Unique index on hash of jsonb value - correct solution?

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Unique index on hash of jsonb value - correct solution?

Albrecht Dreß
Hi all,

in a database I have a table with a text, a jsonb and a bytea column, which together shall be unique, like:

<snip>
  Column  |  Type  | Collation | Nullable |               Default
---------+--------+-----------+----------+-------------------------------------
  id      | bigint |           | not null | nextval('demotab_id_seq'::regclass)
  textval | text   |           | not null |
  jsonval | jsonb  |           | not null |
  blobval | bytea  |           | not null |
Indexes:
     "demo_idx" UNIQUE, btree (textval, jsonval, blobval)
</snip>

This seems to work just fine in most cases, but adding a bigger json value (the text and the bytea columns are always short) results in a “index row size 2840 exceeds maximum 2712 for index "…"” error.  Following the hint in the error message, I replaced the index by

<snip>
Indexes:
     "demo_idx" UNIQUE, btree (textval, md5(jsonval::text), blobval)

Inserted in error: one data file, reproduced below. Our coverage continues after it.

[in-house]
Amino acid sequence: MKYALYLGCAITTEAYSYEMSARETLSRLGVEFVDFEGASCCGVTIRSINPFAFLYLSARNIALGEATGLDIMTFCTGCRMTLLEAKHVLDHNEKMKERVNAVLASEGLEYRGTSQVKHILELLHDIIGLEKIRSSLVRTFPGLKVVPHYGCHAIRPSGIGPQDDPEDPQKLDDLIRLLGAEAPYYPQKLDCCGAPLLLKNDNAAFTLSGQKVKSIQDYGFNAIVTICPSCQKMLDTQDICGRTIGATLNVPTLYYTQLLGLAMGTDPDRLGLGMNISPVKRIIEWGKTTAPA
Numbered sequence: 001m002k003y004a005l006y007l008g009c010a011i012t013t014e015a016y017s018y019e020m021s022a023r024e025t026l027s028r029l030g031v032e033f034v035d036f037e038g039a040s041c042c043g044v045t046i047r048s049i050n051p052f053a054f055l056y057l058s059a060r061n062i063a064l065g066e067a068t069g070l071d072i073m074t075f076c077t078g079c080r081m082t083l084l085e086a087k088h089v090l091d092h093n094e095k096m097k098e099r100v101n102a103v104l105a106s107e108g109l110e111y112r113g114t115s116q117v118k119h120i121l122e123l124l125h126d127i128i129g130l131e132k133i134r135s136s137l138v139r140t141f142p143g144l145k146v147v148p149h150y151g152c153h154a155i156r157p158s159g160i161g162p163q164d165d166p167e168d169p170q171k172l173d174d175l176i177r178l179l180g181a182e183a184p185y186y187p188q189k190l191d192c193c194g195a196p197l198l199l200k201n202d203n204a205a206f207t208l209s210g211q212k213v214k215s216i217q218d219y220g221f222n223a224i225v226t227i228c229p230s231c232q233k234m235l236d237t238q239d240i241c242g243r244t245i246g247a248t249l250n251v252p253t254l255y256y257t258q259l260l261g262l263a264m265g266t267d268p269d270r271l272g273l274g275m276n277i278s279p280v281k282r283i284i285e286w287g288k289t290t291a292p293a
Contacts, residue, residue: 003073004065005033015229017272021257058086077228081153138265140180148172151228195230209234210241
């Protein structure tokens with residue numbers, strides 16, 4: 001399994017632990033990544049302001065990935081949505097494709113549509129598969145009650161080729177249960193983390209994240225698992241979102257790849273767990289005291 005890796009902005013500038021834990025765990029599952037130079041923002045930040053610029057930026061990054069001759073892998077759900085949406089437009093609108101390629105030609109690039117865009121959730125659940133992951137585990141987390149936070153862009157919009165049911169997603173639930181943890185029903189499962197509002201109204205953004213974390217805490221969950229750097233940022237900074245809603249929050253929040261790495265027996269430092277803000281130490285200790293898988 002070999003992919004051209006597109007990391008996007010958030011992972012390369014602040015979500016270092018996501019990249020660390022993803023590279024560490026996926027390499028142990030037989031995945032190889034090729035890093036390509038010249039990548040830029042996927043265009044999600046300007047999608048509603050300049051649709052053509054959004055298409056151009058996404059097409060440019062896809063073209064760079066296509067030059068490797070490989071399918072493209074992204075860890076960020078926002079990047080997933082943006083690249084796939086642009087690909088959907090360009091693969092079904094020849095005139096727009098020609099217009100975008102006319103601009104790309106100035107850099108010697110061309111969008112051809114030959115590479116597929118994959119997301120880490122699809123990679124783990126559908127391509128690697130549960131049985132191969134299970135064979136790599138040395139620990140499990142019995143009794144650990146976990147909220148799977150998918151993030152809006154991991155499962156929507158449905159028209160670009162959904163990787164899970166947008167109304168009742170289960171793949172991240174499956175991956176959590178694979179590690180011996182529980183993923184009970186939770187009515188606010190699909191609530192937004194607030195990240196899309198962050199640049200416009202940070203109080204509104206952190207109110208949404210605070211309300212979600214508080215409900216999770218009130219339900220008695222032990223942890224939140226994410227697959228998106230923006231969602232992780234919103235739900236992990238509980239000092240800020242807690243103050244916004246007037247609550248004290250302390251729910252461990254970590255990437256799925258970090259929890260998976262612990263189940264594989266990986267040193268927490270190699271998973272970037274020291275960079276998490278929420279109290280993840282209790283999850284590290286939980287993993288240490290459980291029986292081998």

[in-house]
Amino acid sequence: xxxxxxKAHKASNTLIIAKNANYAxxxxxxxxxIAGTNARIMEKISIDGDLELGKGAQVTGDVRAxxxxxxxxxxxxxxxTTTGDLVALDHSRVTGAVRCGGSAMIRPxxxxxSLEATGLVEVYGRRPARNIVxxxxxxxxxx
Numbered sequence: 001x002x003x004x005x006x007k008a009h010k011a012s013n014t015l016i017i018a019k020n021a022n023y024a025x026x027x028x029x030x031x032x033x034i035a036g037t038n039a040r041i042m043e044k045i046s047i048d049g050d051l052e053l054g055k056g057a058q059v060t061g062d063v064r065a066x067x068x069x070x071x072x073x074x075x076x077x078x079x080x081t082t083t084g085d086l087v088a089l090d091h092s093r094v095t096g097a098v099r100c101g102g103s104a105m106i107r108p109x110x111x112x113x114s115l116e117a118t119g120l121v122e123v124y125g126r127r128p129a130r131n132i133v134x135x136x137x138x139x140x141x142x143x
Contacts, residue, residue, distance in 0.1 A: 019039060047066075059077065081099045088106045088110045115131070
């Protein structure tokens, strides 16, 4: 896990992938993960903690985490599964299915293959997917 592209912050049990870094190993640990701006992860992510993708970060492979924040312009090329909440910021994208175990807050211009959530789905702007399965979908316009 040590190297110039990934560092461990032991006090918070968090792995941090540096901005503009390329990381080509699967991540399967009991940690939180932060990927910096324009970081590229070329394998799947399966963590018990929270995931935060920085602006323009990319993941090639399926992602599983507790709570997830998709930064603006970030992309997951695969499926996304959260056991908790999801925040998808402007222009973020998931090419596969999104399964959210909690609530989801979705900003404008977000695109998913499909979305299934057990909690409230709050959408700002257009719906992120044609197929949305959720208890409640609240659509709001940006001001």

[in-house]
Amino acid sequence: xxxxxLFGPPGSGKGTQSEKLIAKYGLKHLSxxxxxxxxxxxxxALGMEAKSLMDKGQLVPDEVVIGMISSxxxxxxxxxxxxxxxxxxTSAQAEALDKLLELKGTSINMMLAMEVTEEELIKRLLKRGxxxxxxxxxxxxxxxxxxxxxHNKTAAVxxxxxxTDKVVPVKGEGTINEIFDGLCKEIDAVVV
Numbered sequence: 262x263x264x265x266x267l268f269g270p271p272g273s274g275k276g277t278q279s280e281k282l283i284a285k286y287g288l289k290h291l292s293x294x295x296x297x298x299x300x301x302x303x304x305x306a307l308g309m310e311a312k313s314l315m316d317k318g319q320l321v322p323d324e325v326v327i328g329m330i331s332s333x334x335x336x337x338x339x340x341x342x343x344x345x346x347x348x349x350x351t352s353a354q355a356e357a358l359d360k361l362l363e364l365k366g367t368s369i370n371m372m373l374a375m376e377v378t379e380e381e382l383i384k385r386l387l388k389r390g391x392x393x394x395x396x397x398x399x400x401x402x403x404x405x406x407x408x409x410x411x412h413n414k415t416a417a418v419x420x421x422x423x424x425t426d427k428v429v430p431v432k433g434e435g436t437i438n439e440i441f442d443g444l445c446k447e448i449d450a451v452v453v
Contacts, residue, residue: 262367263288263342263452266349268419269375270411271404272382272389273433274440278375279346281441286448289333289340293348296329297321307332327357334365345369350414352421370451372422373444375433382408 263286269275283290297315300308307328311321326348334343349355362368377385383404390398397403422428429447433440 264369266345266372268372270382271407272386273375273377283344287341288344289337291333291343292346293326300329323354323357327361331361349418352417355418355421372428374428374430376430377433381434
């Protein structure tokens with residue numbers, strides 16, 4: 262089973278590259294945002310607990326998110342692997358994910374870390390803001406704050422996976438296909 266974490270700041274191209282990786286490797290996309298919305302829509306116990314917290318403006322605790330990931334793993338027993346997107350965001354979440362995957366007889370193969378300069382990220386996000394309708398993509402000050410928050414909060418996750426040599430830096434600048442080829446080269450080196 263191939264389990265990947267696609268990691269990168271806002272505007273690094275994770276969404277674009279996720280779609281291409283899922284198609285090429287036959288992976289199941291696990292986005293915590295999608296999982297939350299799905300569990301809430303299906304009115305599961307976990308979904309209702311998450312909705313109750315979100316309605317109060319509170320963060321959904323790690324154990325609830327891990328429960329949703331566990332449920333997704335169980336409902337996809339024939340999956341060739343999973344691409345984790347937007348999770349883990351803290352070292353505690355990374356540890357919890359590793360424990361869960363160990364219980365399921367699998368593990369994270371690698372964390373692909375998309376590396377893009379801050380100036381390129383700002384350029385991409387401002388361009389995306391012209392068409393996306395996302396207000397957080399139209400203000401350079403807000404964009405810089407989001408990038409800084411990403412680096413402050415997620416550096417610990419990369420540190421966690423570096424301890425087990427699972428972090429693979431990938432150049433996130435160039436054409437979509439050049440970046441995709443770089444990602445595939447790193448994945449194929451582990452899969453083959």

</snip>

which seems to solve the issue.

My question: is this approach (a) correct and (b) still safe if the items in the jsonb (always a dict in my case) are re-ordered?  I tested a few cases, and trying to insert something like e.g. '{"a":1,"b":2}' and '{"b":2,"a":1}' actually does produce the same hash (i.e. the 2nd insert attempt is rejected due to the index), but is this guaranteed by design for every case?  Or is there a better solution for this use case?

Thanks in advance,
Albrecht.

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Re: Unique index on hash of jsonb value - correct solution?

Laurenz Albe
On Mon, 2020-05-18 at 18:43 +0200, Albrecht Dreß wrote:

> in a database I have a table with a text, a jsonb and a bytea column, which
> together shall be unique, like:
>
> <snip>
>   Column  |  Type  | Collation | Nullable |               Default
> ---------+--------+-----------+----------+-------------------------------------
>   id      | bigint |           | not null | nextval('demotab_id_seq'::regclass)
>   textval | text   |           | not null |
>   jsonval | jsonb  |           | not null |
>   blobval | bytea  |           | not null |
> Indexes:
>      "demo_idx" UNIQUE, btree (textval, jsonval, blobval)
> </snip>
>
> This seems to work just fine in most cases, but adding a bigger json value (the text
> and the bytea columns are always short) results in a “index row size 2840 exceeds
> maximum 2712 for index "…"” error.  Following the hint in the error message,